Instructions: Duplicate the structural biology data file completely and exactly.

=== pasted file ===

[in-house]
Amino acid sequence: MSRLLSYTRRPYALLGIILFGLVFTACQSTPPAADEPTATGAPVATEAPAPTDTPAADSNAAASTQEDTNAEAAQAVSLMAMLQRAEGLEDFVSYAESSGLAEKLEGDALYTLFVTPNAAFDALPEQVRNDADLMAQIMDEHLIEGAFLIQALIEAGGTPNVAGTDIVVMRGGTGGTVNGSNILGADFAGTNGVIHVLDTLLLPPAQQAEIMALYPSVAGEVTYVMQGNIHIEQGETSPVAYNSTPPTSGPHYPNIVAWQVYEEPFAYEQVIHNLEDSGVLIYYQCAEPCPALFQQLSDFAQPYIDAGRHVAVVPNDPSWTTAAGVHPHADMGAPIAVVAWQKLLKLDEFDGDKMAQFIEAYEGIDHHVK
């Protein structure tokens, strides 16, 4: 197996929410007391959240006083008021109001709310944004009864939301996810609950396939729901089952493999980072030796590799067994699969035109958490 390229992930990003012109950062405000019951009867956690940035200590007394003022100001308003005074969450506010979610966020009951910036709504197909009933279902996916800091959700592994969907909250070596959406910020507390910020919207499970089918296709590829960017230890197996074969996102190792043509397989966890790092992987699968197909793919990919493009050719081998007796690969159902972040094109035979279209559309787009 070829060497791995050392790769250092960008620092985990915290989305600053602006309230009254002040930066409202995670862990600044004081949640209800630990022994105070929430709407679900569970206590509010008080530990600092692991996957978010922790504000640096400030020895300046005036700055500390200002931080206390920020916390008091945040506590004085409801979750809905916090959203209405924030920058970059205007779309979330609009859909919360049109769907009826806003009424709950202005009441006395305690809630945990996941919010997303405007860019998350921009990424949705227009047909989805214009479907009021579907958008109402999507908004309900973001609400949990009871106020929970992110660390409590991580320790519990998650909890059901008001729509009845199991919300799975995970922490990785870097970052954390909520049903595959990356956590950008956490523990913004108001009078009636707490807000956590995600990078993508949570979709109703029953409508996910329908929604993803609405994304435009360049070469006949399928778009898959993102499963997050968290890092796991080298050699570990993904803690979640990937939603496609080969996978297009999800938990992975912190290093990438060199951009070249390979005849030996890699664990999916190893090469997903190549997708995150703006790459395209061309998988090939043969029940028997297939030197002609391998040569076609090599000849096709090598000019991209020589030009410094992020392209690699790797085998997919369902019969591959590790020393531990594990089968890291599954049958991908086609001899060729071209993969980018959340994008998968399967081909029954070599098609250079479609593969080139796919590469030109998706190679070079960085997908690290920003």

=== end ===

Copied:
[in-house]
Amino acid sequence: MSRLLSYTRRPYALLGIILFGLVFTACQSTPPAADEPTATGAPVATEAPAPTDTPAADSNAAASTQEDTNAEAAQAVSLMAMLQRAEGLEDFVSYAESSGLAEKLEGDALYTLFVTPNAAFDALPEQVRNDADLMAQIMDEHLIEGAFLIQALIEAGGTPNVAGTDIVVMRGGTGGTVNGSNILGADFAGTNGVIHVLDTLLLPPAQQAEIMALYPSVAGEVTYVMQGNIHIEQGETSPVAYNSTPPTSGPHYPNIVAWQVYEEPFAYEQVIHNLEDSGVLIYYQCAEPCPALFQQLSDFAQPYIDAGRHVAVVPNDPSWTTAAGVHPHADMGAPIAVVAWQKLLKLDEFDGDKMAQFIEAYEGIDHHVK
């Protein structure tokens, strides 16, 4: 197996929410007391959240006083008021109001709310944004009864939301996810609950396939729901089952493999980072030796590799067994699969035109958490 390229992930990003012109950062405000019951009867956690940035200590007394003022100001308003005074969450506010979610966020009951910036709504197909009933279902996916800091959700592994969907909250070596959406910020507390910020919207499970089918296709590829960017230890197996074969996102190792043509397989966890790092992987699968197909793919990919493009050719081998007796690969159902972040094109035979279209559309787009 070829060497791995050392790769250092960008620092985990915290989305600053602006309230009254002040930066409202995670862990600044004081949640209800630990022994105070929430709407679900569970206590509010008080530990600092692991996957978010922790504000640096400030020895300046005036700055500390200002931080206390920020916390008091945040506590004085409801979750809905916090959203209405924030920058970059205007779309979330609009859909919360049109769907009826806003009424709950202005009441006395305690809630945990996941919010997303405007860019998350921009990424949705227009047909989805214009479907009021579907958008109402999507908004309900973001609400949990009871106020929970992110660390409590991580320790519990998650909890059901008001729509009845199991919300799975995970922490990785870097970052954390909520049903595959990356956590950008956490523990913004108001009078009636707490807000956590995600990078993508949570979709109703029953409508996910329908929604993803609405994304435009360049070469006949399928778009898959993102499963997050968290890092796991080298050699570990993904803690979640990937939603496609080969996978297009999800938990992975912190290093990438060199951009070249390979005849030996890699664990999916190893090469997903190549997708995150703006790459395209061309998988090939043969029940028997297939030197002609391998040569076609090599000849096709090598000019991209020589030009410094992020392209690699790797085998997919369902019969591959590790020393531990594990089968890291599954049958991908086609001899060729071209993969980018959340994008998968399967081909029954070599098609250079479609593969080139796919590469030109998706190679070079960085997908690290920003």